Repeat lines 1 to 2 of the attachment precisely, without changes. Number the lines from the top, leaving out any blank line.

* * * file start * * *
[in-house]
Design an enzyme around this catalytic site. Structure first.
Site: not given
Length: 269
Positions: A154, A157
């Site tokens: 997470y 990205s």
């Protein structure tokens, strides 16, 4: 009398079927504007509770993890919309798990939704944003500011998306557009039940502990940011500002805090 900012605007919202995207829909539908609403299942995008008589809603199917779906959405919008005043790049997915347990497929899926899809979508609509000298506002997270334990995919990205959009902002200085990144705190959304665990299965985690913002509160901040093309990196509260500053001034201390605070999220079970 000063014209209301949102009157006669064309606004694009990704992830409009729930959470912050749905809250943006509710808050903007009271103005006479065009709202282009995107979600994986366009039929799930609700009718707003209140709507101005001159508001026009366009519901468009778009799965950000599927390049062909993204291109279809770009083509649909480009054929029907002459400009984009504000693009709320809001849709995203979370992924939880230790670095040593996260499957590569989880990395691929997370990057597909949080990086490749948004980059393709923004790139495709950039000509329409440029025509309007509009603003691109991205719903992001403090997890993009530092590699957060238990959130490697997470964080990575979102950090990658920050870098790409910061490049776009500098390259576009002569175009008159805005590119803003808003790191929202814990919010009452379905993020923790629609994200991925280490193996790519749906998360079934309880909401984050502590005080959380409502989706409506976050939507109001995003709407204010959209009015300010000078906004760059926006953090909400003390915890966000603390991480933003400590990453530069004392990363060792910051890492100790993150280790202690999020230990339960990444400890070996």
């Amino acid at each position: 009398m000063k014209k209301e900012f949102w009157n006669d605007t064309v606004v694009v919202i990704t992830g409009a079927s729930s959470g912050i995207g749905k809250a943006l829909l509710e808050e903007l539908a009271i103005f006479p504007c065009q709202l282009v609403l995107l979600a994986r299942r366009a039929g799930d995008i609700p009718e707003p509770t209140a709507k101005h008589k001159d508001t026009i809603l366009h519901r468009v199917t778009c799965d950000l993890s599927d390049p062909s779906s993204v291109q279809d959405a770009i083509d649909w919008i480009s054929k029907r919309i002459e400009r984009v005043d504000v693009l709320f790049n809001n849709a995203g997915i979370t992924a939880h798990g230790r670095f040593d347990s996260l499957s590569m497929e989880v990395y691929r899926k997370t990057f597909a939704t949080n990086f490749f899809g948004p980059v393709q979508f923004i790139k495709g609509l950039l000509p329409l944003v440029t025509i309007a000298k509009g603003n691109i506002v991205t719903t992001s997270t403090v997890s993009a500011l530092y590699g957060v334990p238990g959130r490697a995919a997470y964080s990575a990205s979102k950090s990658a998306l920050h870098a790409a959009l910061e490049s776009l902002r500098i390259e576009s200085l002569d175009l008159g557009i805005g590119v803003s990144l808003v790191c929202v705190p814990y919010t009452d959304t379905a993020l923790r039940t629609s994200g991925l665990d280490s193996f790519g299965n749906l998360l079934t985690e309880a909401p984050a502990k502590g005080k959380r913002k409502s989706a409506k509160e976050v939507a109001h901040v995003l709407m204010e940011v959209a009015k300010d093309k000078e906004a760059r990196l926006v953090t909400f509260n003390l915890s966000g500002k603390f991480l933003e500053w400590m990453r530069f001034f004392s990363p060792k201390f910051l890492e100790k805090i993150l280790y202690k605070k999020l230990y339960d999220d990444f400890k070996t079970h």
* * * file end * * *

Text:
[in-house]
Design an enzyme around this catalytic site. Structure first.